Podcast

Podcast Episode 192: Catching, Cooking, and Eating Carp

In this episode, Justin, Adam, and Matthew discuss the consumption of invasive carp. They mention the environmental impact of Asian carp, including their ability to outcompete native fish species and their jumping behavior. Matthew shares the management strategies the Kentucky Department of Fish and Wildlife employs, such as commercial fishing and bioacoustic fish fences. Finally, they talk about carp’s taste and cooking methods, with Matthew recommending smoking the fish and using it in dishes like salads and dips. In this conversation, Matthew discusses different methods of preparing and cooking carp, particularly invasive carp species. He shares his experiences with smoking, pickling, grinding carp, and making dishes like miso soup, tacos, and fish patties. Matthew highlights the potential of carp as a sustainable food source and the need to change the perception of carp as a low-quality fish. He mentions resources like the book ‘Eat the Enemy’ and the Choose Kopi website for carp recipes. The conversation concludes with organizing a camp focused on bow fishing and cooking invasive species.

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Guest:

Matthew Dollenbacher is a hunter, angler, outdoorsman, and Fisheries Biologist with the Kentucky Fish and Wildlife. He grew up in Eastern Iowa and attended Iowa State University. He traveled a bit after college but eventually landed in Western Kentucky in 2020, working with Invasive Carp.

Links:

Kentucky Department of Fish & Wildlife Recipes

Eat the Enemy book

Choose Copi

Crispy Fried Carp Recipe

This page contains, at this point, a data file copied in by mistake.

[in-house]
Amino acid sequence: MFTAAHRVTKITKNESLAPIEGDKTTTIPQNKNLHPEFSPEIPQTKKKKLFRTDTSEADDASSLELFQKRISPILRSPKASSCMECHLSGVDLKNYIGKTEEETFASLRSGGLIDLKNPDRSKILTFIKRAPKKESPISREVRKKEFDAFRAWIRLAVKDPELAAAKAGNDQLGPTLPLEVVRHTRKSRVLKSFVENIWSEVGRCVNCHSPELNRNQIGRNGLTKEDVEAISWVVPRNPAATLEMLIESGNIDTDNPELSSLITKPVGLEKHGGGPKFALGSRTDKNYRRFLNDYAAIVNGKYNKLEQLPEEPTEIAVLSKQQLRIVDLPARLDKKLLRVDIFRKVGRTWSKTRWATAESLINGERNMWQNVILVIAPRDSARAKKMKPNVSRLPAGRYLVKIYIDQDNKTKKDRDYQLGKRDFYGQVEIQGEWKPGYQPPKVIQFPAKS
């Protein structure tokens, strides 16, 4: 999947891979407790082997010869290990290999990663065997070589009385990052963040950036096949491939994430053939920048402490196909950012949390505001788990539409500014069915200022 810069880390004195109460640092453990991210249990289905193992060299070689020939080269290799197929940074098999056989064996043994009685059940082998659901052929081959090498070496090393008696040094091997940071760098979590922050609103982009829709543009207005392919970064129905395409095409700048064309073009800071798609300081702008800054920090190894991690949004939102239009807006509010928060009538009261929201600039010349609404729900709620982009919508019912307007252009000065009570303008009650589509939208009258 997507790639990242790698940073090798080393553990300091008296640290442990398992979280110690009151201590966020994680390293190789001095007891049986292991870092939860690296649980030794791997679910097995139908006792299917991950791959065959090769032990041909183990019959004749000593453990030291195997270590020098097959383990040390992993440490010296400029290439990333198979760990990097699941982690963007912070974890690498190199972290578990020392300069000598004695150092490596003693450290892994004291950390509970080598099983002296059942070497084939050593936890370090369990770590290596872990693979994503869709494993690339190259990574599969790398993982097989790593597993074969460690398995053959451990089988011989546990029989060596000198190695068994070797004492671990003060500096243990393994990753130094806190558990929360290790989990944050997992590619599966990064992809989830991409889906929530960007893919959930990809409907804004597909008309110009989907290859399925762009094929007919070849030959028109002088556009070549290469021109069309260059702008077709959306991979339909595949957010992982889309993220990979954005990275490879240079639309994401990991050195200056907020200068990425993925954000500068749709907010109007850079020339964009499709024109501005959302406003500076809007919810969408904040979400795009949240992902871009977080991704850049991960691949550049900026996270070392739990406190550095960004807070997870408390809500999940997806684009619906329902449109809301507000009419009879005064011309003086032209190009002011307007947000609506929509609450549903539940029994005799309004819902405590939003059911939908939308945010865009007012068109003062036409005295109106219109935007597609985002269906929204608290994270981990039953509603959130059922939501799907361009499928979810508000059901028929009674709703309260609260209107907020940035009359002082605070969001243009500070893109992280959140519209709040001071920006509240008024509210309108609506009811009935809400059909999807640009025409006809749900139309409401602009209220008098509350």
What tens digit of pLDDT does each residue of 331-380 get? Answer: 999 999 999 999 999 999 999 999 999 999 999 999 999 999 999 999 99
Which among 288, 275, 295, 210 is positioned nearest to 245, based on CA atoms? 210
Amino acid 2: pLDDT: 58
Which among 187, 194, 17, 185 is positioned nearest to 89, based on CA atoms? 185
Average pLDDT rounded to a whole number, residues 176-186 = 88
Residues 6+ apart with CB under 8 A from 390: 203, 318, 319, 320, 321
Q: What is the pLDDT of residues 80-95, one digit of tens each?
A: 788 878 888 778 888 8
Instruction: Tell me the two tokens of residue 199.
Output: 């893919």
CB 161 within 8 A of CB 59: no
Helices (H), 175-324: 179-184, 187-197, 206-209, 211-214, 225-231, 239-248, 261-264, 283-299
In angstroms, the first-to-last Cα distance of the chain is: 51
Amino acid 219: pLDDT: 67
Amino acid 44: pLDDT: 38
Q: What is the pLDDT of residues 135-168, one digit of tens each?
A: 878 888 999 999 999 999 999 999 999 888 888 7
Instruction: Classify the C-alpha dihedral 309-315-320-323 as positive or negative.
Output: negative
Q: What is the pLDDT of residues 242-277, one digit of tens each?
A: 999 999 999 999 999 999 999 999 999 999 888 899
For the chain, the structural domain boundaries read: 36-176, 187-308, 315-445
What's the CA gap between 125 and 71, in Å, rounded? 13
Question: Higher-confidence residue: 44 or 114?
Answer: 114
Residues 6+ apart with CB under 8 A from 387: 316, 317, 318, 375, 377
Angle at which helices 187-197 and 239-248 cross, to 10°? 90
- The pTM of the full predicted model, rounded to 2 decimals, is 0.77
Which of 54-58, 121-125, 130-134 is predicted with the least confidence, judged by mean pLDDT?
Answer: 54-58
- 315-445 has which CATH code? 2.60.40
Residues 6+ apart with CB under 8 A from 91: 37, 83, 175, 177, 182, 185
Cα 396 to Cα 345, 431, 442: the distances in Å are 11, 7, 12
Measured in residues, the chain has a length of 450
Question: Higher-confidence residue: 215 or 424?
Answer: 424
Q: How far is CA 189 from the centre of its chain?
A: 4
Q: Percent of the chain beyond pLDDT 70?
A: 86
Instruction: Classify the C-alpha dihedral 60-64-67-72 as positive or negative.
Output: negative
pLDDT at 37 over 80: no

Matthew.dollenbacher@ky.gov

Takeaways:

There are different types of carp, including common carp and invasive Asian carp, such as silver carp, bighead carp, grass carp, and black carp.

Asian carp, particularly silver and bighead carp, are filter feeders and can outcompete native fish species for food.

The jumping behavior of silver carp can be dangerous for boaters and fishermen.

The Kentucky Department of Fish and Wildlife employs various management strategies to control the invasive carp population, including commercial fishing and bioacoustic fish fences.

Carp meat is white and can be smoked and used in dishes like salads and dips.

Asian carp have a mild flavor and can take on the flavors of various seasonings. Various methods of preparing and cooking carp include smoking, pickling, and grinding.

Carp can be used in dishes such as miso soup, tacos, and fish patties.

Carp, particularly invasive species, have the potential to be a sustainable food source.

Changing the perception of carp as a low-quality fish is essential to promote its consumption.

Resources like the book ‘Eat the Enemy’ and the Choose Kopi website provide carp recipes and information.

Organizing a camp focused on bow fishing and cooking invasive species could be a fun and educational experience.

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